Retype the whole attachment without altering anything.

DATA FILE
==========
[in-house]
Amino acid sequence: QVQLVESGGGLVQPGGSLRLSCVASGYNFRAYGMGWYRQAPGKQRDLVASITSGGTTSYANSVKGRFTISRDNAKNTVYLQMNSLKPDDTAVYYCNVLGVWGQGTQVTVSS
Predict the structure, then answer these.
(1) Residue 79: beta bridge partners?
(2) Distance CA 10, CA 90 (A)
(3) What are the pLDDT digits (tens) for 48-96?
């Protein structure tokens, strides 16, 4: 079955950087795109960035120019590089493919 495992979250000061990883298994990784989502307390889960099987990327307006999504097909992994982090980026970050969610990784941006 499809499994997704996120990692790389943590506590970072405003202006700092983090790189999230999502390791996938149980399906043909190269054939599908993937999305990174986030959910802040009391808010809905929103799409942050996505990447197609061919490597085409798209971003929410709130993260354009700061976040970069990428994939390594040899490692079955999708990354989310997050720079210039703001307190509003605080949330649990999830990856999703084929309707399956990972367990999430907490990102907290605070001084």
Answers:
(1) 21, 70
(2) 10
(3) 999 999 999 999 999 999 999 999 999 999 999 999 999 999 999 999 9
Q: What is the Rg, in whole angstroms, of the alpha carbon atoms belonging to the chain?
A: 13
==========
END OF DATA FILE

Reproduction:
[in-house]
Amino acid sequence: QVQLVESGGGLVQPGGSLRLSCVASGYNFRAYGMGWYRQAPGKQRDLVASITSGGTTSYANSVKGRFTISRDNAKNTVYLQMNSLKPDDTAVYYCNVLGVWGQGTQVTVSS
Predict the structure, then answer these.
(1) Residue 79: beta bridge partners?
(2) Distance CA 10, CA 90 (A)
(3) What are the pLDDT digits (tens) for 48-96?
């Protein structure tokens, strides 16, 4: 079955950087795109960035120019590089493919 495992979250000061990883298994990784989502307390889960099987990327307006999504097909992994982090980026970050969610990784941006 499809499994997704996120990692790389943590506590970072405003202006700092983090790189999230999502390791996938149980399906043909190269054939599908993937999305990174986030959910802040009391808010809905929103799409942050996505990447197609061919490597085409798209971003929410709130993260354009700061976040970069990428994939390594040899490692079955999708990354989310997050720079210039703001307190509003605080949330649990999830990856999703084929309707399956990972367990999430907490990102907290605070001084």
Answers:
(1) 21, 70
(2) 10
(3) 999 999 999 999 999 999 999 999 999 999 999 999 999 999 999 999 9
Q: What is the Rg, in whole angstroms, of the alpha carbon atoms belonging to the chain?
A: 13